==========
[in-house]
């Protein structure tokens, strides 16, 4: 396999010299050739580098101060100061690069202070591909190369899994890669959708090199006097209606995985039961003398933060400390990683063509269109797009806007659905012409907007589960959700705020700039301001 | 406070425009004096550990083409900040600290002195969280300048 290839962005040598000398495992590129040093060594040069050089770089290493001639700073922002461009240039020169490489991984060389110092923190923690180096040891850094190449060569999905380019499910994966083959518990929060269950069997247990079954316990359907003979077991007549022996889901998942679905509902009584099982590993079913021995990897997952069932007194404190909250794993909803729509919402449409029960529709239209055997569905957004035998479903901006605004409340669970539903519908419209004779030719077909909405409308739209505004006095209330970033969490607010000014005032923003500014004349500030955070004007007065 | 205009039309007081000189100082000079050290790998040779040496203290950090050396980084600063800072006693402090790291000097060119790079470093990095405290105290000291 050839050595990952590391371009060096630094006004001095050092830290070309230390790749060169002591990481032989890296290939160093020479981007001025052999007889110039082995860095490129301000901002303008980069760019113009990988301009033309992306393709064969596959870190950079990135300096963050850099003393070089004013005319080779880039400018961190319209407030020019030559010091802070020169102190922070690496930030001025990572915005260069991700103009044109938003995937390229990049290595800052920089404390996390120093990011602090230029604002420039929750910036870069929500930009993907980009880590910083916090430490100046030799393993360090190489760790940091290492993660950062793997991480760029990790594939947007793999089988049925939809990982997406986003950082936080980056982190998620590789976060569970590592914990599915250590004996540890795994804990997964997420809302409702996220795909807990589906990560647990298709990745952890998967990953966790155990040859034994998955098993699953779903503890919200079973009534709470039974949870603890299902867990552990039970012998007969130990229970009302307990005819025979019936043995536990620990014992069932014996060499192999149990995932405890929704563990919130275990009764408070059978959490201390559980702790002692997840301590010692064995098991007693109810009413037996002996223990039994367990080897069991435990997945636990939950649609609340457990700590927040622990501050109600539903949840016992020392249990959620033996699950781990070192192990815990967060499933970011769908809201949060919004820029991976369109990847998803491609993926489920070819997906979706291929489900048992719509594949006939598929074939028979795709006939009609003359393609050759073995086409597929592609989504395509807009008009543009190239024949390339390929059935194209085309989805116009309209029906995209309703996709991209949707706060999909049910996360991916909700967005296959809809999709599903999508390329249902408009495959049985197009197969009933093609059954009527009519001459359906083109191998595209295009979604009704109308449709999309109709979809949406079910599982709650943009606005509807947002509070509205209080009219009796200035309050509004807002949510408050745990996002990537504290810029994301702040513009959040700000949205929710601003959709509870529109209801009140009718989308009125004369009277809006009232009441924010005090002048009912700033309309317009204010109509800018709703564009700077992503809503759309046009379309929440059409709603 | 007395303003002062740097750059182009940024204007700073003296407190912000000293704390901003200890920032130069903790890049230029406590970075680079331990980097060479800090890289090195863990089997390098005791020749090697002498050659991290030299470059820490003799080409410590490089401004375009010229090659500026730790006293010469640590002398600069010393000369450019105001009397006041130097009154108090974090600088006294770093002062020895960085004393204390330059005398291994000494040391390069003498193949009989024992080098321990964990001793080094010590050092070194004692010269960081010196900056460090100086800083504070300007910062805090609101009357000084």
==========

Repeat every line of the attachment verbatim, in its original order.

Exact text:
[in-house]
């Protein structure tokens, strides 16, 4: 396999010299050739580098101060100061690069202070591909190369899994890669959708090199006097209606995985039961003398933060400390990683063509269109797009806007659905012409907007589960959700705020700039301001 | 406070425009004096550990083409900040600290002195969280300048 290839962005040598000398495992590129040093060594040069050089770089290493001639700073922002461009240039020169490489991984060389110092923190923690180096040891850094190449060569999905380019499910994966083959518990929060269950069997247990079954316990359907003979077991007549022996889901998942679905509902009584099982590993079913021995990897997952069932007194404190909250794993909803729509919402449409029960529709239209055997569905957004035998479903901006605004409340669970539903519908419209004779030719077909909405409308739209505004006095209330970033969490607010000014005032923003500014004349500030955070004007007065 | 205009039309007081000189100082000079050290790998040779040496203290950090050396980084600063800072006693402090790291000097060119790079470093990095405290105290000291 050839050595990952590391371009060096630094006004001095050092830290070309230390790749060169002591990481032989890296290939160093020479981007001025052999007889110039082995860095490129301000901002303008980069760019113009990988301009033309992306393709064969596959870190950079990135300096963050850099003393070089004013005319080779880039400018961190319209407030020019030559010091802070020169102190922070690496930030001025990572915005260069991700103009044109938003995937390229990049290595800052920089404390996390120093990011602090230029604002420039929750910036870069929500930009993907980009880590910083916090430490100046030799393993360090190489760790940091290492993660950062793997991480760029990790594939947007793999089988049925939809990982997406986003950082936080980056982190998620590789976060569970590592914990599915250590004996540890795994804990997964997420809302409702996220795909807990589906990560647990298709990745952890998967990953966790155990040859034994998955098993699953779903503890919200079973009534709470039974949870603890299902867990552990039970012998007969130990229970009302307990005819025979019936043995536990620990014992069932014996060499192999149990995932405890929704563990919130275990009764408070059978959490201390559980702790002692997840301590010692064995098991007693109810009413037996002996223990039994367990080897069991435990997945636990939950649609609340457990700590927040622990501050109600539903949840016992020392249990959620033996699950781990070192192990815990967060499933970011769908809201949060919004820029991976369109990847998803491609993926489920070819997906979706291929489900048992719509594949006939598929074939028979795709006939009609003359393609050759073995086409597929592609989504395509807009008009543009190239024949390339390929059935194209085309989805116009309209029906995209309703996709991209949707706060999909049910996360991916909700967005296959809809999709599903999508390329249902408009495959049985197009197969009933093609059954009527009519001459359906083109191998595209295009979604009704109308449709999309109709979809949406079910599982709650943009606005509807947002509070509205209080009219009796200035309050509004807002949510408050745990996002990537504290810029994301702040513009959040700000949205929710601003959709509870529109209801009140009718989308009125004369009277809006009232009441924010005090002048009912700033309309317009204010109509800018709703564009700077992503809503759309046009379309929440059409709603 | 007395303003002062740097750059182009940024204007700073003296407190912000000293704390901003200890920032130069903790890049230029406590970075680079331990980097060479800090890289090195863990089997390098005791020749090697002498050659991290030299470059820490003799080409410590490089401004375009010229090659500026730790006293010469640590002398600069010393000369450019105001009397006041130097009154108090974090600088006294770093002062020895960085004393204390330059005398291994000494040391390069003498193949009989024992080098321990964990001793080094010590050092070194004692010269960081010196900056460090100086800083504070300007910062805090609101009357000084």